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EV Early Adopter Incentive (EEAI); VES; PARF and Road Tax: How Much Can You Really Save If You Buy An Electric Car In Singapore Today?

To optimise for cost savings with an electric car, you will likely need to have access to your own charging point.

Since the launch of Tesla’s sales portal in Singapore and the government announcing that it will be rolling out the deployment of 60,000 charging points at public car parks and private premises by 2030, the interest in buying an electric car has increased significantly in Singapore.

The general sentiment is that with the government incentivising drivers via grants and schemes to adopt electric cars, buying an electric car is less expensive now. In addition, electric cars are also widely seen to be cheaper to run, since they rely on electricity rather than petrol.

Read Also: Cost Guide To Buying An Electric Car In Singapore

EV Early Adopter Incentive (EEVI) – Up to $20,000

The scheme that will likely attract the most people to buy an electric car is the EV Early Adopter Incentive (EEAI).

As announced by LTA in February 2020, the EEVI provides an ARF rebate of 45% when car buyers purchase a fully electric car from 1 January 2021 to 31 December 2023. This is capped at a maximum rebate of $20,000.

For example, the Tesla Model 3 has an estimated ARF payable of $76,959. A 45% rebate would translate to $34,631. Since this is capped at $20,000, the EEVI ARF rebate for the Tesla Model 3 will be $20,000.


Vehicle Emission Scheme (VES) – Up to $25,000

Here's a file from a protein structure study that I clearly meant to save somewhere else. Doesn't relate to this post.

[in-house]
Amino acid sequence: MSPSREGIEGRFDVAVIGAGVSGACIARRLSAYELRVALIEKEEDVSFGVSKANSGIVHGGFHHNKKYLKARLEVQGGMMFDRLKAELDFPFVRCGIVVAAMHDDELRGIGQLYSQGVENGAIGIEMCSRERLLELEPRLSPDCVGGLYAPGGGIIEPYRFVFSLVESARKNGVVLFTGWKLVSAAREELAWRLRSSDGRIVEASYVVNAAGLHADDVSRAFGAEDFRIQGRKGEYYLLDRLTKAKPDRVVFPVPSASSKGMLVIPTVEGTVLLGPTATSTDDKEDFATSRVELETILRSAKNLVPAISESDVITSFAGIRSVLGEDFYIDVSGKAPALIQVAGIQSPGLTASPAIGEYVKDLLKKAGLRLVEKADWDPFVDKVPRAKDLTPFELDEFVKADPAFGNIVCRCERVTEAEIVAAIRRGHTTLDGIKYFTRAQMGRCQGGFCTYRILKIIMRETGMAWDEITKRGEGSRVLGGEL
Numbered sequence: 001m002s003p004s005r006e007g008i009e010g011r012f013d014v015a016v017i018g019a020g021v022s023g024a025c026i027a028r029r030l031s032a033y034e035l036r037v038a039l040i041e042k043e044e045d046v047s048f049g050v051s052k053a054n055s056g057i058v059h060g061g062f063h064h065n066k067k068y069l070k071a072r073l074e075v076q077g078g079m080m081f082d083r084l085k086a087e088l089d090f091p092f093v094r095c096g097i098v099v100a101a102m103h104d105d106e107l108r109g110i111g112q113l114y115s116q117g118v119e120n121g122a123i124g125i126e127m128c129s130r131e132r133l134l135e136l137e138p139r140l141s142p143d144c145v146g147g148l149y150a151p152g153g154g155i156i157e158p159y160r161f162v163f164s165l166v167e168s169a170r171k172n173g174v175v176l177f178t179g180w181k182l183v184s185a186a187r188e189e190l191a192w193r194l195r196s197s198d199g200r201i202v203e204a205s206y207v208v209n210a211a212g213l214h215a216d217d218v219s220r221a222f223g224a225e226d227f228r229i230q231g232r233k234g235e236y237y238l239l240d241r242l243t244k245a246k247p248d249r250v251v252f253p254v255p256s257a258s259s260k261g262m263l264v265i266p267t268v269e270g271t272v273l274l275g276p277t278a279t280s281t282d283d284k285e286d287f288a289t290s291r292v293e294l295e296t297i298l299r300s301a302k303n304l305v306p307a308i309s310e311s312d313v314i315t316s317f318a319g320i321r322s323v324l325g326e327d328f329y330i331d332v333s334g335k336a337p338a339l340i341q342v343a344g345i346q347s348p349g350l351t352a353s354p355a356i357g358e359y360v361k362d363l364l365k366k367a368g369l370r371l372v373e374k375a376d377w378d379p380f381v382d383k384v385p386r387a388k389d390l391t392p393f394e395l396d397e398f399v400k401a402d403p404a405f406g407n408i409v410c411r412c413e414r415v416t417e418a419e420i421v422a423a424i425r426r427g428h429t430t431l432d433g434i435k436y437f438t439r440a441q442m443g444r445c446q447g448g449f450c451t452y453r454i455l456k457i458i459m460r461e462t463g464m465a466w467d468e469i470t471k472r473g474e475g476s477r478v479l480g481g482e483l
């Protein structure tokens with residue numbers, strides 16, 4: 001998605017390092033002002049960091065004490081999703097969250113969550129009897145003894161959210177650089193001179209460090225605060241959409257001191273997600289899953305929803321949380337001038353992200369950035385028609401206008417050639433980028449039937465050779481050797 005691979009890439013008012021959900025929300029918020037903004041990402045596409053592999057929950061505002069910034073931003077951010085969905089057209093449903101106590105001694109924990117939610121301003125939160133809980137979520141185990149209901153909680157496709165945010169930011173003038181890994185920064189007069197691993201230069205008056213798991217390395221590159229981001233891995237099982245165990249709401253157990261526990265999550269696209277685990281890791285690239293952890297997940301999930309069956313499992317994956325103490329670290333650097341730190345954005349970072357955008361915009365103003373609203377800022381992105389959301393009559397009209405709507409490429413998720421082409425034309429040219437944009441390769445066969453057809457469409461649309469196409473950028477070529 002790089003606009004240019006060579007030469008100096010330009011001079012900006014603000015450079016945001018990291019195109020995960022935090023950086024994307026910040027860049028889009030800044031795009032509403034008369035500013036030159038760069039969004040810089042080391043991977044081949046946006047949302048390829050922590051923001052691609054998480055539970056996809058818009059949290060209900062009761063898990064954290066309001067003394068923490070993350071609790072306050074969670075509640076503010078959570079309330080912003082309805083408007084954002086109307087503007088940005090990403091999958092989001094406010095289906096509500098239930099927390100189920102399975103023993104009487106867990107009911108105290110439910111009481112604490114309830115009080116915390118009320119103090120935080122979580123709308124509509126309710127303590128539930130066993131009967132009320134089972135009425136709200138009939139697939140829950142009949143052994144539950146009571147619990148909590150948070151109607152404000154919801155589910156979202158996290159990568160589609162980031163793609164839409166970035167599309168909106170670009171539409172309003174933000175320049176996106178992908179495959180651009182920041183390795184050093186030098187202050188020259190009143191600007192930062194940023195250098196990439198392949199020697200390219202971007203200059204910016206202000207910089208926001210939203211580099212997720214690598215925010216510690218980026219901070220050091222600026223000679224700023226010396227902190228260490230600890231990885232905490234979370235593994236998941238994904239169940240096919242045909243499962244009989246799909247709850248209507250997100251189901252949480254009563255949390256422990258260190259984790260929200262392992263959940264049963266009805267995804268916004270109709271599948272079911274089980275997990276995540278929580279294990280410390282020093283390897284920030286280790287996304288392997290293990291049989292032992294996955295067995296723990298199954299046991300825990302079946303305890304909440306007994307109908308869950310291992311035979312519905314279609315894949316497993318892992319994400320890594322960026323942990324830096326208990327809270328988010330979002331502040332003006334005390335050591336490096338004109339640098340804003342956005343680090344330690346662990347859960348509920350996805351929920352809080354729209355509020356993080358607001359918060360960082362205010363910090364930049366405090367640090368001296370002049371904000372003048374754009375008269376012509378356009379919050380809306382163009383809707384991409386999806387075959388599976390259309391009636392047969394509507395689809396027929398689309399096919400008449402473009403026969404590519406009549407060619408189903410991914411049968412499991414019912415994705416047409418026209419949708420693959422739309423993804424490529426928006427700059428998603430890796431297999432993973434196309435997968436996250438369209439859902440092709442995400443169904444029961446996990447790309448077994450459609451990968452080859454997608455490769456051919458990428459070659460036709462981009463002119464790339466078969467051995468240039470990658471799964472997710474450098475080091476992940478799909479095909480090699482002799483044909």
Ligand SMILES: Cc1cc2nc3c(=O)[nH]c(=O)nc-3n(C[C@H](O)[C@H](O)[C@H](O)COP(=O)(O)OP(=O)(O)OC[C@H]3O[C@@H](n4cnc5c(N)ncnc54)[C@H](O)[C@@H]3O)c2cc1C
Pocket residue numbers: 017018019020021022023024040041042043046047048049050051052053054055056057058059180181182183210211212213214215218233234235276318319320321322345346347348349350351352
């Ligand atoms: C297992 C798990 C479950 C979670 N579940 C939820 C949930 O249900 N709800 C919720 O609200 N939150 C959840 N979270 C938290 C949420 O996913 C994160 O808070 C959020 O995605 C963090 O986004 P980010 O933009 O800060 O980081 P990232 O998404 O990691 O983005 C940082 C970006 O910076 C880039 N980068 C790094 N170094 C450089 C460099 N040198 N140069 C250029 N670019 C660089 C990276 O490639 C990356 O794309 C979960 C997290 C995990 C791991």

Under the Vehicle Emission Scheme (VES), cars in Singapore can enjoy an ARF rebate or pay a surcharge depending on how much pollutant their vehicle emits. The is based on how much carbon dioxide (CO2) a car emits along with 4 other pollutants. These 4 pollutants are Hydrocarbons (HC); Carbon Monoxide (CO)Nitrogen Oxides (NOX)Particulate Matter (PM). Grading is based on the worst-performing pollutant in your car and that determines your vehicle’s band and its corresponding VES rebate or surcharge.

VES rebate or surcharge can range from as high as a $25,000 rebate for cars that qualifies for the highest band of A1, to a surcharge of up to $20,000 for cars that falls under the lowest band of C2. From 1 July 2021, the vehicle surcharge for C2 will increase to $25,000.

Since most electric cars fall qualify under the highest band of A1, they enjoy the $25,000 ARF rebate. If you add the VES ($25,000) to the EEVI (up to $20,000), you could potentially enjoy up to $45,000 in ARF rebate for buying an electric car.

No Minimum $5,000 ARF For Electric Cars

In Singapore, there is a minimum ARF of $5,000 that is payable for all cars being registered, regardless of the tax rebate a car is entitled to. From January 2022 to December 2023, the minimum ARF of $5,000 will be lowered to $0 for all electric cars.

This will be significant in reducing the cost of more affordable electric car models in Singapore.

Take for example the BYD e6. Currently, it’s listed at $104,88, which includes an ARF of $5,000. With an OMV of $28,000, the ARF that it incurs before rebate is $31,200.

ARF of the car (before rebate) $31,200
EEVI Rebate (45% of ARF) $14,040
VES Rebate (Band A1) $25,000


When you subtract the EEVI rebate ($14,040) and the VES rebate ($25,000), the theoretical ARF becomes negative. Currently though, the minimum ARF payable is $5,000.

From January 2022 to December 2023, the minimum ARF for electric cars will be reduced to $0. With all other factors remaining the same, an electric car like the BYD e6 that is currently paying the minimum ARF of $5,000, will have its ARF reduced to $0 and become cheaper to buy.

For cars such as the Tesla Model 3, the reduction in minimum ARF payable won’t make a difference since its ARF is already above $5,000, even after taking into account the EEVI and VES tax rebates.